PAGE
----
Pittwater Life October 2018 Issue

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Times Past

Local link to Dr Bini’s unique

concrete dome architecture

a balloon on

the ground. Cover it

“Place

with wet, reinforced

concrete. Inflate the balloon.

Let the balloon harden. Voila!

– an indestructible concrete

dome built in one day using 20

per cent of the material and

20% of the energy of a normal

home!”

A very simplified

description of a very complex

construction method used to

create a Binishell – but not all

of them were indestructible!

Dr Dante Bini is a worldrenowned,

Italian-born

architect who developed a

unique method of building a

dome to enclose large volumes

of open, unobstructed space.

Although the uses ranged

from housing, sporting

arenas, tourist villages,

gymnasiums and storage

facilities, it was as school

buildings which attracted

the interest of the New South

Wales Government in the

1960s. The Department of

Public Works was looking

for a fast and economic

construction method to

provide a variety of multipurpose

centres for school

activities.

In 1973 Dr Bini was invited

to Australia to discuss the

possibility that his domes

might be the answer they were

after.

The technique involved

The Local Voice Since 1991

ABOVE: The Bini shell at Pittwater

High School sometime after

completion in 1976.

RIGHT: Black-and-white photo

from 8 September 1986 showing

the collapsed 36-metre diameter

Bini dome at Pittwater High

School (scary stuff!).

an ‘inflatable framework’

he called ‘Pneumoform’.

Initially a nylon membrane

was set up and securely

fastened to a concrete slab; a

remarkable network of steel

springs and reinforcing bars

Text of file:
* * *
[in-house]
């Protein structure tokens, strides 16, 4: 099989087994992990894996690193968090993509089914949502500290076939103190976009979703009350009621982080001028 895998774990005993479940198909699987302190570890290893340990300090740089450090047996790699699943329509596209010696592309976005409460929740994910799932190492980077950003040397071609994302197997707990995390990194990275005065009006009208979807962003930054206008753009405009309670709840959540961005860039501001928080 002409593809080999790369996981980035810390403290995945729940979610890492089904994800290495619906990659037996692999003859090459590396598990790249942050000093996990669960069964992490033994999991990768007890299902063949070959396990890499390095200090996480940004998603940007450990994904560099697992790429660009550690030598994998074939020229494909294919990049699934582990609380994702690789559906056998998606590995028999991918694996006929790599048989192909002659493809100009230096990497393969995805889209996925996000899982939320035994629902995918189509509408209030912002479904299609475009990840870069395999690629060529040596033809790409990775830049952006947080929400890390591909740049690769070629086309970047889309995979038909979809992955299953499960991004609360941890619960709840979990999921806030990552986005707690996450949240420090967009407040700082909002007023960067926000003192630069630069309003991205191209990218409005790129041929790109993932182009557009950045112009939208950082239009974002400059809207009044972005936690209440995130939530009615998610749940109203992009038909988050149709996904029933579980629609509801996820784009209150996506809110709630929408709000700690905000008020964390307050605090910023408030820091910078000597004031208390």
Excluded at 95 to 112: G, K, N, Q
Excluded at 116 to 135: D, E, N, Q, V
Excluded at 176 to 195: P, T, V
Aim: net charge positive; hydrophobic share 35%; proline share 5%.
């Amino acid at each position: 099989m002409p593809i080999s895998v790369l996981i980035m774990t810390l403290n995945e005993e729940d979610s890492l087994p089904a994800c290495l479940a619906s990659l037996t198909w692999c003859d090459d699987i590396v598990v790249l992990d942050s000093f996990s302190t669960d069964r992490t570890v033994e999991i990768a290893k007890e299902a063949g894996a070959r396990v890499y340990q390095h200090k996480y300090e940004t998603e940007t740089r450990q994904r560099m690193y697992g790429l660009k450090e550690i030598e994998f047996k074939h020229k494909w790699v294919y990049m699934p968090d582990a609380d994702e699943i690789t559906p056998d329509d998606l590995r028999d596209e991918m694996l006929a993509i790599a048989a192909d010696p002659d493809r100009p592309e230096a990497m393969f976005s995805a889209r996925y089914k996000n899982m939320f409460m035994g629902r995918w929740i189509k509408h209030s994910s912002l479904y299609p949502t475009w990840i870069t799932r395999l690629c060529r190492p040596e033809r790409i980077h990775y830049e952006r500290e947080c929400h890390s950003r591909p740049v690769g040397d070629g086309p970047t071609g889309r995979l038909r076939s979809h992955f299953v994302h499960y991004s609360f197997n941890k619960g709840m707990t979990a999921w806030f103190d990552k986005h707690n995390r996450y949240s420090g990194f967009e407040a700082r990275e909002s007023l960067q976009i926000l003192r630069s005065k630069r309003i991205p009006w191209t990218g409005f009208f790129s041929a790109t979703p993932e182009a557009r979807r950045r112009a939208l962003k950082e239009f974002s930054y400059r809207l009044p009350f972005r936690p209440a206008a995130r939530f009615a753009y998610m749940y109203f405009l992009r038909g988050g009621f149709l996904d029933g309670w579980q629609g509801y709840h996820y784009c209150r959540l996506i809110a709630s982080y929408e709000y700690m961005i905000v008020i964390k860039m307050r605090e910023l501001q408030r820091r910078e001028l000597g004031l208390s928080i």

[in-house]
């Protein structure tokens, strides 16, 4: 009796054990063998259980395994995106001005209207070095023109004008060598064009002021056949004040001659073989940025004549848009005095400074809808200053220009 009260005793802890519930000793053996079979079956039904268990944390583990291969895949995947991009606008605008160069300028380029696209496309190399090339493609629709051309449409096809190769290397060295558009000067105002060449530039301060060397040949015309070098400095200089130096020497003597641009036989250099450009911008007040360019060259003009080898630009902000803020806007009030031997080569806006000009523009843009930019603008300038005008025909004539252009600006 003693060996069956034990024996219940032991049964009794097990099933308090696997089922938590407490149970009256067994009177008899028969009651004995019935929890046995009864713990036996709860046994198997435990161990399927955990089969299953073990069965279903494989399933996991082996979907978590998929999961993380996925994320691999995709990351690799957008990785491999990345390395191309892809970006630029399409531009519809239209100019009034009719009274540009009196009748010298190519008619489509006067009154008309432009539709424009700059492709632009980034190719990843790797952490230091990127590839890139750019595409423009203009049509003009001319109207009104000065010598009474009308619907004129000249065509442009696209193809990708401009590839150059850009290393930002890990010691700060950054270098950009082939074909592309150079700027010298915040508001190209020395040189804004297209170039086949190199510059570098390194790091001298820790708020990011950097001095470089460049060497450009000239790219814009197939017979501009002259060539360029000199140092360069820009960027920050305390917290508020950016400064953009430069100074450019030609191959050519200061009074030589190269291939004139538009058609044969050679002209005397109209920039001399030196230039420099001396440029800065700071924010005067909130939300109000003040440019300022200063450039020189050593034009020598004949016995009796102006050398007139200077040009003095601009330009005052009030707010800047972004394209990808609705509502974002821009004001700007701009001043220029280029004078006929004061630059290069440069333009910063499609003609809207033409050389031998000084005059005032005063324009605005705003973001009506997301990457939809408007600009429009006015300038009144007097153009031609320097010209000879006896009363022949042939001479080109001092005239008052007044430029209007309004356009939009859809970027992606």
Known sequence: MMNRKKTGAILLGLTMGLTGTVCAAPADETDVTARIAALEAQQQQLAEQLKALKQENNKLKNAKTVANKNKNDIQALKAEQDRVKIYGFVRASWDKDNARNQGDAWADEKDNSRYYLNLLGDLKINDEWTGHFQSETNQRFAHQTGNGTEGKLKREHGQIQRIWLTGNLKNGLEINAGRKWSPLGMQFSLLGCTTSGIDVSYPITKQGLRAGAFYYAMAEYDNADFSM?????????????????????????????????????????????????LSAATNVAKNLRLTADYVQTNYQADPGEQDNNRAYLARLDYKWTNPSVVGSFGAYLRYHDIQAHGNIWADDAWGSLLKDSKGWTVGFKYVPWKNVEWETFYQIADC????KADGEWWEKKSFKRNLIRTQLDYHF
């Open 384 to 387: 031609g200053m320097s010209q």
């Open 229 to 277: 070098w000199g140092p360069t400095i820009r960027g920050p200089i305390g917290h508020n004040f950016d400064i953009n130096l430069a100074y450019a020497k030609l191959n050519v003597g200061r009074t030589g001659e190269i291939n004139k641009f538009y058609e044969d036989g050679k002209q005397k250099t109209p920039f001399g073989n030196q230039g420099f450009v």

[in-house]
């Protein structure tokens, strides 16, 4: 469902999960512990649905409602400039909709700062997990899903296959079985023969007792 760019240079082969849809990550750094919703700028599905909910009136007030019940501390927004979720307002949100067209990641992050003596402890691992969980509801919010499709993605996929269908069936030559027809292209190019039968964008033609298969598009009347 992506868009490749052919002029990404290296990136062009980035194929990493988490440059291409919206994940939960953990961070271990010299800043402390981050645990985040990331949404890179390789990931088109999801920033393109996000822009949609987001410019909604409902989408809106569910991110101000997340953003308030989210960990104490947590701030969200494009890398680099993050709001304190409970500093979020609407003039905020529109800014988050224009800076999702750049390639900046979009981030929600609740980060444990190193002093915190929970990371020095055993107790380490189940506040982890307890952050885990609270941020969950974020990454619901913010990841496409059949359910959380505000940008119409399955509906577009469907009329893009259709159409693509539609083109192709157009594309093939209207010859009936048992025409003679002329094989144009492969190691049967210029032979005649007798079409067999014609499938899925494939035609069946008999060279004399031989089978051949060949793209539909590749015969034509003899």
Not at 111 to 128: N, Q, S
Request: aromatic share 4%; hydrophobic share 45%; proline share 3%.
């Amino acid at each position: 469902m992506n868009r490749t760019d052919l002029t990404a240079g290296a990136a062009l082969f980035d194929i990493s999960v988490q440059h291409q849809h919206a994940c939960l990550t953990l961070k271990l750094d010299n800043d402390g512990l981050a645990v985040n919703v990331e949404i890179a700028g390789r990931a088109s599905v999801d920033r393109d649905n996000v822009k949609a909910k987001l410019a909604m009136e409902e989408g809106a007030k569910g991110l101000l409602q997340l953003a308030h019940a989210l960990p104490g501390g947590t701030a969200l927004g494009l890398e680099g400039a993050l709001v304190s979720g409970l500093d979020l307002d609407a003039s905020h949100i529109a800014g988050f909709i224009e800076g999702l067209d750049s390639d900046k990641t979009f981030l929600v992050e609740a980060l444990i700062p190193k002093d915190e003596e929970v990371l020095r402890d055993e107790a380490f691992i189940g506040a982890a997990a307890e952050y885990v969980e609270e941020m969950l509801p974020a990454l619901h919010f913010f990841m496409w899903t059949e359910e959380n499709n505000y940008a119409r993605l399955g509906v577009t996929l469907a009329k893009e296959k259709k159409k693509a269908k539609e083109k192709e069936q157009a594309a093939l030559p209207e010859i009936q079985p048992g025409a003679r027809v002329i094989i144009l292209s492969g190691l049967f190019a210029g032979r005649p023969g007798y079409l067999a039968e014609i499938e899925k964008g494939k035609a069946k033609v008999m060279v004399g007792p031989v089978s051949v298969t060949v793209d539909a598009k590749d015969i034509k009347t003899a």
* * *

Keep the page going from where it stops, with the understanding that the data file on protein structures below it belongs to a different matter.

(‘rebars’) was located over the

‘balloon’. Wet concrete was

applied over the system and

the complete mass was then

inflated by pumping air into

the balloon, raising it to the

required form.

The entire procedure took

three to four hours and

after 36 hours the balloon

was deflated and doors and

windows cut into the dome.

ABOVE: Part of the complex at Narrabeen North Public School.

Narrabeen North Public

School Library was the first

of the Bini domes to be

constructed in NSW and it was

as a three-dome complex, each

dome having a diameter of 18

metres.

The Bini dome constructed

at Pittwater High School in

1976 was a much larger 36

metres in diameter. The ‘Kalori

Centre’ as it was called, served

a multitude of uses – dramas,

musicals, concerts, sporting

events, gymnastics and PE

lessons were all conducted in

the dome at regular intervals.

It was recalled as the ‘cultural

and sporting focus of the

whole school’ – sometimes it

was occupied by 1170 people

for school assemblies.

However, on Monday 4

August 1986 at 3.35pm – 10

minutes after school had

finished – the Bini dome

inverted and instantaneously

and dramatically collapsed.

Fortunately it was unoccupied

at the time.

Another large dome at

Fairvale High School, Fairfield,

collapsed in January 1975

whilst under construction

but was successfully rebuilt

and still stands, along with 10

others spread across the state.

Since the first shells were

built in the 1960s, there have

been over 1,600 of them

constructed in 23 countries.

Dr Bini has handed his

company Binisystems over to

his son, Nicolo who continues

to focus on ‘structural

efficiency and minimal use of

materials’.

In 2014 Dr Bini published

a book appropriately titled

‘Building With Air’.

TIMES PAST is supplied

by local historian

and President of the

Avalon Beach Historical

Society GEOFF SEARL.

Visit the Society’s

showroom in Bowling

Green Lane, Avalon

Beach.

OCTOBER 2018 73

Times Past

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